Robbing Your Mamma To Pay Your Poppa

February 1, 2011  |  By
Filed under: Field Notes

As a revolution tries to unfold in Egypt, many Americans who have watched the Antiques Roadshow know why soldiers and citizens alike were seen guarding the Egyptian Museum. It’s because they know that old stuff can be valuable! It’s not just a bunch of crusty statues, drawings, coffins, jars, paintings and old jewelry in there, hell no, some of it is made of real GOLD! And right now gold is worth $1,337.40 an ounce!

Just one mask alone weighs 24.5 pounds. Do you know how much gold that is? Let’s do the math: there’s 16 ounces in a pound for a total of 392 ounces. OMG that means King Tut’s mask is worth $524, 260.00! Maybe more at auction. They also have a big collection of ancient silver and gold coins which are probably worth a lot too. No wonder people are guarding the place. And no wonder people have been robbing Egyptian graves for thousands of years. From what I hear you can’t even plant a garden in your back yard in Egypt without finding some ancient bead or rare artifact. It’s so strange to us here because who the hell would bury all that gold unless you stole it?

But as the internet traffic and cell phones there were cut off and hundreds of thousands of protesters brought Cairo to a stand still this week, it appears that some bad people were breaking into the museum to steal whatever they could get their little paws on. Unfortunately for them it seems that groups of ‘youths’ as the media is calling them, showed up and caught them red-handed. Then the ‘youths’ proceeded to kick their ass. Finally some soldiers showed up and took the bad guys into custody. Ironically in this country of eighty million people the military have pledged not to attack the protesters, which is big news in this part of the world.

But today it has come out that some funny business was going on at the Museum. To a country weary of corrupt cops demanding bribes, blackmailing small business owners, arresting political dissidents and serving as the most public face of the unelected government, it came as no surprise when, according to Human Rights Watch director Peter Bouckaert, several of the captured and wounded looters had police identification cards on them when they were caught.

Also, according to rawstory.com:

“Police identification cards were also found on looters all around Cairo and Egypt. In fact Bouckaert implied that police forces may have been responsible for the escape/release of thousands of prisoners, describing it as “unexplainable.”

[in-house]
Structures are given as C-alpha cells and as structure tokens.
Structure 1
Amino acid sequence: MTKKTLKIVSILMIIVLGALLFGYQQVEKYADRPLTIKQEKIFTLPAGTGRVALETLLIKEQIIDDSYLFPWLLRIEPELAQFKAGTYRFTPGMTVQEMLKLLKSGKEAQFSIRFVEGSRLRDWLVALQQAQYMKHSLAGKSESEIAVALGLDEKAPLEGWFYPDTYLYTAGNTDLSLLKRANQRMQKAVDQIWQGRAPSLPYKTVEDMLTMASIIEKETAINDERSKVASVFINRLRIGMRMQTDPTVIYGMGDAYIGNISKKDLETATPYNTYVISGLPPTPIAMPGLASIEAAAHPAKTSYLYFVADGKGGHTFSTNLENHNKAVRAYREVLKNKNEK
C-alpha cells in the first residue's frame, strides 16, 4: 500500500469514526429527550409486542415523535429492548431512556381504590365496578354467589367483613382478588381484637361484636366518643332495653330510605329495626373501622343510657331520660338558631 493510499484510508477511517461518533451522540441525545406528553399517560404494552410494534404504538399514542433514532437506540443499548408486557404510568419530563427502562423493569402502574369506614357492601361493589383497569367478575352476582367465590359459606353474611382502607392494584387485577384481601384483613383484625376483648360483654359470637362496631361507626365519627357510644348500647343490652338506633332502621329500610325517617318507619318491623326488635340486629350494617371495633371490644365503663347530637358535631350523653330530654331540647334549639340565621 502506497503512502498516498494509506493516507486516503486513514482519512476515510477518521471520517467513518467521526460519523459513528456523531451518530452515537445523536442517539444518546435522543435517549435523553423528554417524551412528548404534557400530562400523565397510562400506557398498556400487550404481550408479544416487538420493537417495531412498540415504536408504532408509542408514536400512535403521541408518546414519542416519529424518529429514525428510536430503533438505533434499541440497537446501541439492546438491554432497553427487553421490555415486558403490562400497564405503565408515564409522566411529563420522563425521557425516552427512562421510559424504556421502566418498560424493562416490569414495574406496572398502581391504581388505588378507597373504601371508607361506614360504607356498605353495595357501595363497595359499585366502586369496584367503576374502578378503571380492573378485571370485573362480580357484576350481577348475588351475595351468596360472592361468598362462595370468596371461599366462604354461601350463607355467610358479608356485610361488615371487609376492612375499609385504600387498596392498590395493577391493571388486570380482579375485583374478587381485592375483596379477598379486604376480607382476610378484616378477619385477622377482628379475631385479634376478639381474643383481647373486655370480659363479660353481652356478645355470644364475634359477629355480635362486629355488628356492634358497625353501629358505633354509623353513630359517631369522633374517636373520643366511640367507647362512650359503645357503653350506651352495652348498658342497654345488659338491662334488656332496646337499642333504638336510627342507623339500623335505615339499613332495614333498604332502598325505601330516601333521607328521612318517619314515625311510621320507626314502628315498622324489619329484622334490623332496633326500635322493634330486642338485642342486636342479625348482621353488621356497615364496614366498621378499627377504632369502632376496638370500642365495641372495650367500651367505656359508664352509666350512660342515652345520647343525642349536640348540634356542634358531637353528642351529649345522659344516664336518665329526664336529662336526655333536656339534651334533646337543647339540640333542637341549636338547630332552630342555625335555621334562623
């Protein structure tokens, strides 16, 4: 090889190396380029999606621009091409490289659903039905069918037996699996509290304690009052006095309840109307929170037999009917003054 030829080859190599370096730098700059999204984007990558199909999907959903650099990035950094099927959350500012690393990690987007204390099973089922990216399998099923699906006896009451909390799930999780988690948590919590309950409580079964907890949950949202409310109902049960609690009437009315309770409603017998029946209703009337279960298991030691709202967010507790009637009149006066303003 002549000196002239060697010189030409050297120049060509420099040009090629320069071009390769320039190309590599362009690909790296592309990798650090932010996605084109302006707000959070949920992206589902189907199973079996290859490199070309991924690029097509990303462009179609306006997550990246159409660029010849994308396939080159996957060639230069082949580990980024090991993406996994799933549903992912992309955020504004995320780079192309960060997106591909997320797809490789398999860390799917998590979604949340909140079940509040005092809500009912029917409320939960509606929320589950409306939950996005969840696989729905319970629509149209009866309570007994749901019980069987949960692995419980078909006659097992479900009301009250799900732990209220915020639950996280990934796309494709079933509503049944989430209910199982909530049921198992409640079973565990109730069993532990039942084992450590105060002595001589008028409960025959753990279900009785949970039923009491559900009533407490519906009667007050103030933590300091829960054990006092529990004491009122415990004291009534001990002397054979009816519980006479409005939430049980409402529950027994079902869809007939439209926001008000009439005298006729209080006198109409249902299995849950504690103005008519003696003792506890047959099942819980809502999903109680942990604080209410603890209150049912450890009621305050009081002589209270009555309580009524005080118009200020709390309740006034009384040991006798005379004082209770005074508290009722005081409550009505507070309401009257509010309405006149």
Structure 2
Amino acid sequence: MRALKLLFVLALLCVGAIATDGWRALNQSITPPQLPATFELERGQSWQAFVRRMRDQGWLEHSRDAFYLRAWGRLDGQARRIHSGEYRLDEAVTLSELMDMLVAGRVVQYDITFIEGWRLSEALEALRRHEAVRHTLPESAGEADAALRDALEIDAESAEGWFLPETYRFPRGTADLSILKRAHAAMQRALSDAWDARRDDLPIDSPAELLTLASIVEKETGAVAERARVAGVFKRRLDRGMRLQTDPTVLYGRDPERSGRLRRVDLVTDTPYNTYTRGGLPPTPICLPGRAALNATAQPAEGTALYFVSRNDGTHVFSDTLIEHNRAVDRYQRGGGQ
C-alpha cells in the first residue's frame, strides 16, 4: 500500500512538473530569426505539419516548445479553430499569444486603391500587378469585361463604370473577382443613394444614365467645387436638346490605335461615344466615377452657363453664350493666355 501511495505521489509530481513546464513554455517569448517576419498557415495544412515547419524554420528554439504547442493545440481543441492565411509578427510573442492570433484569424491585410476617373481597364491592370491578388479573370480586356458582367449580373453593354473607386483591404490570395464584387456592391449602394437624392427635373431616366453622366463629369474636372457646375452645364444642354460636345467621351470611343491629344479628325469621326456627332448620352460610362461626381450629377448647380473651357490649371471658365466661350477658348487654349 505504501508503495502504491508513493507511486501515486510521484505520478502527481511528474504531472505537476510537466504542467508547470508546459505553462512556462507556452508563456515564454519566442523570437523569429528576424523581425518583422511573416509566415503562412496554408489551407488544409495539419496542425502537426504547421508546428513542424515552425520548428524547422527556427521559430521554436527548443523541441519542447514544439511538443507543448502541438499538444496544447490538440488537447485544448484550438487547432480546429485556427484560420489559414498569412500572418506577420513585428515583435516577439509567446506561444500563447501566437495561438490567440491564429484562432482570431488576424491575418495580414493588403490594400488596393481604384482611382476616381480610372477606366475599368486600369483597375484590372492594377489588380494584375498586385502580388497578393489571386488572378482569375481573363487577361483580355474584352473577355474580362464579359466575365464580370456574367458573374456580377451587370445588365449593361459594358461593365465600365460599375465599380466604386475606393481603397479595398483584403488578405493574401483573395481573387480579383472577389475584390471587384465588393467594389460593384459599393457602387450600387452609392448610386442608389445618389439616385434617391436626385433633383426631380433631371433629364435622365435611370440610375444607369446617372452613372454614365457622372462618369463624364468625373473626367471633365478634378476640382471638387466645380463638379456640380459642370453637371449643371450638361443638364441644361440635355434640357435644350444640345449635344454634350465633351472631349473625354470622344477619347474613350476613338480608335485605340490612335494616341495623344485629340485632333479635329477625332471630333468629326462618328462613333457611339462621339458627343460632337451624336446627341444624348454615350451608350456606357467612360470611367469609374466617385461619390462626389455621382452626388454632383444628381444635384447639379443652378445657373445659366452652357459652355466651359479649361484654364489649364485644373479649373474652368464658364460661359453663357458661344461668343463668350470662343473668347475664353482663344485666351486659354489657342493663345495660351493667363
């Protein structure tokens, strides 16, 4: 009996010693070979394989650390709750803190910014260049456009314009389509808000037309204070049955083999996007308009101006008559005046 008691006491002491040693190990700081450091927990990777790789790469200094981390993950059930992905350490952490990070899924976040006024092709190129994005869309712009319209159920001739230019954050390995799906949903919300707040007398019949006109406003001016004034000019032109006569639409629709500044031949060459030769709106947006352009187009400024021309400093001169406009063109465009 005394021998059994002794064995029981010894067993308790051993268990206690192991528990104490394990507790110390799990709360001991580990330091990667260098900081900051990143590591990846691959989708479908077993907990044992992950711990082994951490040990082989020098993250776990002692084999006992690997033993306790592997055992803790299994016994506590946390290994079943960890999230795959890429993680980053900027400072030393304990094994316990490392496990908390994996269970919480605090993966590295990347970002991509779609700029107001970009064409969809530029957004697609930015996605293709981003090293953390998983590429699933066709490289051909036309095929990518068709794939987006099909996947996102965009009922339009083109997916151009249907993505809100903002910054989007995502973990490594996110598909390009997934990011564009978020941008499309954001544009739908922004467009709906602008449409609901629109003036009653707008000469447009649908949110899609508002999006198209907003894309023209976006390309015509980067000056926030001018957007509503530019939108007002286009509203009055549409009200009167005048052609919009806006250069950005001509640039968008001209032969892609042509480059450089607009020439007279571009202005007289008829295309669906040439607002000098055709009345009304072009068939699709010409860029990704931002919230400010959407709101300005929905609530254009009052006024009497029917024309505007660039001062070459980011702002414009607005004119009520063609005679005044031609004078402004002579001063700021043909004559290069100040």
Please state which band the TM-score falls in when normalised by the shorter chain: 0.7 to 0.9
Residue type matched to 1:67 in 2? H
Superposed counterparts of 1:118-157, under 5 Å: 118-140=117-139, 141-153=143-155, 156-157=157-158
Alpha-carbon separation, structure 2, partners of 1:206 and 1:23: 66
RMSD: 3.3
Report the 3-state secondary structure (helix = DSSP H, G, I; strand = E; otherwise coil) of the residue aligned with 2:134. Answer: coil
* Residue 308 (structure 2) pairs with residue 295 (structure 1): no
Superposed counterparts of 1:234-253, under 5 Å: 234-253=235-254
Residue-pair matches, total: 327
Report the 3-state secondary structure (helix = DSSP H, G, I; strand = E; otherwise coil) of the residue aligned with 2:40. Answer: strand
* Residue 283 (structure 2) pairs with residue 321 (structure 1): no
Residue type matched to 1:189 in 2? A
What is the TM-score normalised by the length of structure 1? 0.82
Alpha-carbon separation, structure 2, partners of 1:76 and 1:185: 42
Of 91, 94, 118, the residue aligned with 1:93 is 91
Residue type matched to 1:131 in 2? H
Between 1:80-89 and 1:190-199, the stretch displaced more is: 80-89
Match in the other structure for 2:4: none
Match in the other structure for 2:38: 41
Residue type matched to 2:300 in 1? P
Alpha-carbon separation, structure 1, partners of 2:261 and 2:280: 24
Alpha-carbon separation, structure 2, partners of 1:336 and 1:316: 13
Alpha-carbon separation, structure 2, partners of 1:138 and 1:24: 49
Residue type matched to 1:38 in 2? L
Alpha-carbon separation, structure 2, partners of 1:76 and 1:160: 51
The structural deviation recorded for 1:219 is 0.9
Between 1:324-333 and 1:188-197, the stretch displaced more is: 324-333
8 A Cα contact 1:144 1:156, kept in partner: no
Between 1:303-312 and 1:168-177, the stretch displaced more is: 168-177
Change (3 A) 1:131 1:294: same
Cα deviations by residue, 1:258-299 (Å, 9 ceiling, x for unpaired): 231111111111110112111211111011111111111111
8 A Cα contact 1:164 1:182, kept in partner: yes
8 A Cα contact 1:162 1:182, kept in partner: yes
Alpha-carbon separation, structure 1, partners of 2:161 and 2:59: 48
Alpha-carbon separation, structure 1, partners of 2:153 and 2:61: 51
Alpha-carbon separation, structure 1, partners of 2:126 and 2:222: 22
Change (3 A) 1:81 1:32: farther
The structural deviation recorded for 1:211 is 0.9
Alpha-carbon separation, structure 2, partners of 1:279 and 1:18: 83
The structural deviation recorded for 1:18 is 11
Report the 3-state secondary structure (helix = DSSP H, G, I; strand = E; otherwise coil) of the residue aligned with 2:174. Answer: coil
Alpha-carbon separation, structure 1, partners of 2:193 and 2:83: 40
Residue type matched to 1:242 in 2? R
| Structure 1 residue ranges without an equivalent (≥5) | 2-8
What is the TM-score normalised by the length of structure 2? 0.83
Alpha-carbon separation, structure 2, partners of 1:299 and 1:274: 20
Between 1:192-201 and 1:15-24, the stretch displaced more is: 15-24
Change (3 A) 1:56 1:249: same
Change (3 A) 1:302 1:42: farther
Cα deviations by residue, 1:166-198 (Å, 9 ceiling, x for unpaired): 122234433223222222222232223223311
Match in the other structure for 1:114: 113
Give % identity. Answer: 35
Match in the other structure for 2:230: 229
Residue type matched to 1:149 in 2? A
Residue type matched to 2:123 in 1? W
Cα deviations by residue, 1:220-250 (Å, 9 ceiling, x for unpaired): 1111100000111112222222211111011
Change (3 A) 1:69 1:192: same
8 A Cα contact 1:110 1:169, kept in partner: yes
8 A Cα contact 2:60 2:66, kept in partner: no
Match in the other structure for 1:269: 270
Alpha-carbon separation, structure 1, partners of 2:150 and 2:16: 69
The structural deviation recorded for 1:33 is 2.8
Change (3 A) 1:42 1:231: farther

“The locals say the only people with weapons are police who’ve taken off their uniforms and are responsible for most of the looting and crime,” Human Rights Watch deputy director for Middle East and North Africa Division Joe Stork wrote from Suez Sunday.

“As up to a million Egyptians marched Tuesday, ordinary citizens set up checkpoints to keep undercover police from bringing in weapons and perpetrating violence.”

So basically the protesters have been trying to conduct a massive and non-violent demonstration and are working hard to maintain it. Here in the US we tend to think highly of our volunteer police and military because the vast majority of them help to keep our cities safe and they catch the bad guys. In Egypt though, the police are the bad guys and public sentiment is just the opposite. The poorly paid cops (they make about $41 a month) are notorious for blackmail, graft, bribery ad all manner of thuggishness. Of course this isn’t a very sexy news item for American media, who have their own bias against protesters in general. Nor is the Vice Minister of Culture,  Zawi Hawass, interested in the blame game since his job being responsible for the safekeeping of all Egyptian artifacts is hard enough. The sad truth is that it is commonplace everywhere for cops to wear plain clothes, infiltrate protest marches, throw a few bricks at windows, light some fires and then blame (then jail) the protesters. They did it during the Free Speech Movement in Berkeley. They did it to smear reputations in the Civil Rights Movement and used it with the Black Panthers too. Hell they do it all the time here in the US. It’s a reliable counterintelligence tactic because the public never believes the authorities would do such a thing. But I digress. In this instance the idea is for the Egyptian and world media to be fooled into believing the protesters are looting their own culture by stealing the antiquities. In turn that would help to justify crushing the uprising. Hosni Mubarak would have the moral high ground, as they say. After all what kind of evil, degenerate, hippie protesters would stoop to destroying the relics of their own country?

So it is instructive to watch how the safety of ancient Egyptian art becomes a political football in the struggle for power. The art, after all, represents the culture of the country and is a strong symbol of Egyptian uniqueness. The fact that all those artifacts are being protected is good news but as always, the way that art is dealt with in any given country is a weather vane of the politics of the time.

6 Comments

  1. Manoel O. Audaz Says:

    interesting. in the u.s. i think we can also look at the privatization of police forces… and the military as extremely dangerous. see blackwater and all that. not to mention the fact that a corporate security officer doesn’t have to abide by the rights alotted to the “person of interest” as an actual police officer. in other words a private security force can manhandle you cause the rights of public citizens don’t apply.